School Board moves on controversial redistricting plans


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The Iowa City School District will have to wait a little longer for an update on renovations and new schools.

Sparking much debate, the School Board met Tuesday evening to discuss redistricting, which appears to play a larger role in the new $250 million Facilities Master Plan. The redistricting timeline affects the decision on the order, Superintendent Steve Murley said.

The local district is the fifth largest in the state, with roughly 12,774 students in 25 different schools. Because of rising enrollment numbers, planning has become important in redistricting.

Under the projected new plan, three new elementary schools and one new high school will open, in addition to renovations for existing schools.

Under the new measure, Murley estimated the redistricting timeline would be pushed forward to this upcoming spring in order to begin implementation by the fall of 2014.

A number of board members questioned such action.

Board member Jeff McGuiness said he was concerned about waiting another year to implement recently approved policies, as well as with making progress toward other issues, such as overcrowding in schools.

“Redistricting was supposed to happen in May,” he said. “Are you telling me we’ll go another year without any redistricting to accomplish the goal of the diversity policy?”

While the goal is to accomplish things as quickly as possible, Murley said, numerous steps must be followed.

“We wanted to make sure we knew where the district was going with the Facilities Master Plan and now with the phasing plan to make sure our alignment of our redistricting plan aligns with the opening of those schools,” he said. “Part of the process involves approval of parents and the community, and that takes time.”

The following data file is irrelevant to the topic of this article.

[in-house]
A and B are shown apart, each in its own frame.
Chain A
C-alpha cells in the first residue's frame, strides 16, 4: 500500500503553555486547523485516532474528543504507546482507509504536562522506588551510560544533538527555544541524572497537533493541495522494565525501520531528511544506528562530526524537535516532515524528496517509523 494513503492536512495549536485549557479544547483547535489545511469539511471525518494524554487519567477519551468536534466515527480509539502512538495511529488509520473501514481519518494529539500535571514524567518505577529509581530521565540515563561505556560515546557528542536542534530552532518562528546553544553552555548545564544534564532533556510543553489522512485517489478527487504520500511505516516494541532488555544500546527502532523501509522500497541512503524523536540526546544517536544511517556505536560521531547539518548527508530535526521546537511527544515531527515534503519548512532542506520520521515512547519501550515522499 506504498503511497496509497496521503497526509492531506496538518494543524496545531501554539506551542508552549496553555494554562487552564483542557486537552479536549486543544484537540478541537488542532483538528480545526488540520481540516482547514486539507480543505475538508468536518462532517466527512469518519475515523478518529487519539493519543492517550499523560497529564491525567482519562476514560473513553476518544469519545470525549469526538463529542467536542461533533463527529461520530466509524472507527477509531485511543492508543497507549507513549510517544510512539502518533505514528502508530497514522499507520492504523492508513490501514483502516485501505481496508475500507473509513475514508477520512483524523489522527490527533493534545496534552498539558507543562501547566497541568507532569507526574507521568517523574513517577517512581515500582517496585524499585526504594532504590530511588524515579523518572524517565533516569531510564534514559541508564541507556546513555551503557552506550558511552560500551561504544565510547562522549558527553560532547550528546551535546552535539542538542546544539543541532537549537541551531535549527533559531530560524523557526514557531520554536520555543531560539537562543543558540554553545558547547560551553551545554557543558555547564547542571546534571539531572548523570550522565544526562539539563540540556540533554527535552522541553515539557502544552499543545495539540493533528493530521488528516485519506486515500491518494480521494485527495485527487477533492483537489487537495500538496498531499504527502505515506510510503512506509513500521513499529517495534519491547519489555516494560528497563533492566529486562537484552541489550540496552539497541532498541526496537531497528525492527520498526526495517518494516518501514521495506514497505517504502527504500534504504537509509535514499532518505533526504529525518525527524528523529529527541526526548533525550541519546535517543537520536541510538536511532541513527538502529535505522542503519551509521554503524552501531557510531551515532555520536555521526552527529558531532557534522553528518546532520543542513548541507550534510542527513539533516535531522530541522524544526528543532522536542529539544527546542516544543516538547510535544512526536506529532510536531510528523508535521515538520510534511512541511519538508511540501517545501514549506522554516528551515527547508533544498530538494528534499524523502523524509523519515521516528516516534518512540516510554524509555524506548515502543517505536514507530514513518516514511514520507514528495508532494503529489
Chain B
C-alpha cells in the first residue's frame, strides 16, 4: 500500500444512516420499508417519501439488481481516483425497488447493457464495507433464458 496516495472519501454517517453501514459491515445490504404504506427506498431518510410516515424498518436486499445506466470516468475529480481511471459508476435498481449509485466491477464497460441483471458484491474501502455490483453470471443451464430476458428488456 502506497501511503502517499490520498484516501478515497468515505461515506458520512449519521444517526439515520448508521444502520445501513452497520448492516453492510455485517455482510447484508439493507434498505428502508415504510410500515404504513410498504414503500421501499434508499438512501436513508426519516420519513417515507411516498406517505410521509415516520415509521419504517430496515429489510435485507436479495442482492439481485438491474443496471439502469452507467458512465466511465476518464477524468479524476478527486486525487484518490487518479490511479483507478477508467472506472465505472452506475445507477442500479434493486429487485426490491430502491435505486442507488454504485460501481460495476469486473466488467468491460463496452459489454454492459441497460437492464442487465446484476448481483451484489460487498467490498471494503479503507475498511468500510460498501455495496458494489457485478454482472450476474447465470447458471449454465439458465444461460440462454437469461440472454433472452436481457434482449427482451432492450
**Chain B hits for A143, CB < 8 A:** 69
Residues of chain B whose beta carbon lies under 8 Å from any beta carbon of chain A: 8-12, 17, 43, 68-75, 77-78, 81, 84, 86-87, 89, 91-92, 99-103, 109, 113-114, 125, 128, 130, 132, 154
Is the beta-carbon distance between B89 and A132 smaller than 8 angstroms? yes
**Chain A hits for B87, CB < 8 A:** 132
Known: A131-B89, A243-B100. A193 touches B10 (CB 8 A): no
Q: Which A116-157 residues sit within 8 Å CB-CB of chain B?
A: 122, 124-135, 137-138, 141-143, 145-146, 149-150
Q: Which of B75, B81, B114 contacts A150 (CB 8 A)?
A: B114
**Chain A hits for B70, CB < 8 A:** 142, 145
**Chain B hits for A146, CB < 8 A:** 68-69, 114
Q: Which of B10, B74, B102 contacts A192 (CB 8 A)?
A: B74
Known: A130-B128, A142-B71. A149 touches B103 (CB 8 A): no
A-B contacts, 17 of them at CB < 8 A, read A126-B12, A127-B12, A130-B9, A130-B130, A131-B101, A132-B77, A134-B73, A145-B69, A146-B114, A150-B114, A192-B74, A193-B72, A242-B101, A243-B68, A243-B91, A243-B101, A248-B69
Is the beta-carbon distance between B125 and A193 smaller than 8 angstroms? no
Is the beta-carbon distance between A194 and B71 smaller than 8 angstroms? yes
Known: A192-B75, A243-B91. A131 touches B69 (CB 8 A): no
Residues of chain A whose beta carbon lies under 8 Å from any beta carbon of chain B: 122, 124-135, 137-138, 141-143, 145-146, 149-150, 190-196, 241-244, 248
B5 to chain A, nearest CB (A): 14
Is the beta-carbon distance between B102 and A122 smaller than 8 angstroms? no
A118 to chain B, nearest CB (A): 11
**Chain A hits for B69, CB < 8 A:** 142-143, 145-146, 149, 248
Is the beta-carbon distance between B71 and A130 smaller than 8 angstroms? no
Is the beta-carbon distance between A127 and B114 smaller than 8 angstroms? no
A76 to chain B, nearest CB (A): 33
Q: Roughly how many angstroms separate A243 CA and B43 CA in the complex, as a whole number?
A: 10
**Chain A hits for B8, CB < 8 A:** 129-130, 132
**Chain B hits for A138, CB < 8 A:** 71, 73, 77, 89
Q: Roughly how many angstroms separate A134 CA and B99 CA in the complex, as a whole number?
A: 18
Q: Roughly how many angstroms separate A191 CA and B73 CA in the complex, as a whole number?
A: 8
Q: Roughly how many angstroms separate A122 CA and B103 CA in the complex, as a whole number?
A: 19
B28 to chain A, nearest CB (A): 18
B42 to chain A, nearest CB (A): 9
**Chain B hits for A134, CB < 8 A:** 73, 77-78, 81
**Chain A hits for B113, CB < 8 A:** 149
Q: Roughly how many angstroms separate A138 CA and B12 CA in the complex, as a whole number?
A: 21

Instead of waiting to see if things pass, McGuiness said, tighter deadlines for the district to work toward are needed.

“If it turns out that we fail in that timeline and we can’t get it done, without even trying to meet a deadline and trying to get it done, that’s completely inappropriate,” he said.

Board member Chris Lynch agreed, saying hard work is necessary to move forward.

“I think our priority in the next month should be finalizing the Facilities Master Plan,” he said. “Let’s get going on this.”

Noting that it is possible to implement redistricting within a calendar year, Murley maintained that it would not offer sufficient time for parents to transition.

“We want to know where students are going and want to minimize the transitions they’ll have to take to get there,” he said.

Board President Sally Hoelscher said she would like to see the district try to get the redistricting timeline done as soon as possible.

“If we couldn’t get it done, then we could certainly make that decision later,” she said. “But if we don’t try, it won’t get done.”

Because of inconclusiveness among the board members on redistricting, no action was taken on the agenda item. Instead, the subject was pushed forward to the next meeting, Oct. 22.

But for board member Patti Fields, the matter is more than looking at a number or percentage.

“We’re looking at programs and their effects on the schools,” she said. “It’s not as simple as moving kids around.”

Julie Eisele, a Shimek Elementary parent, said while she has confidence in the School Board in finishing the task, she would like to see things implemented sooner rather than later.

“I understand it can be complicated by the fact that we have a lot of new facilities coming online soon, but I’d like to see them deal with both as soon as possible,” she said.” We have a history of dragging our feet. We have to be patient, yet we can’t let this go on forever.”

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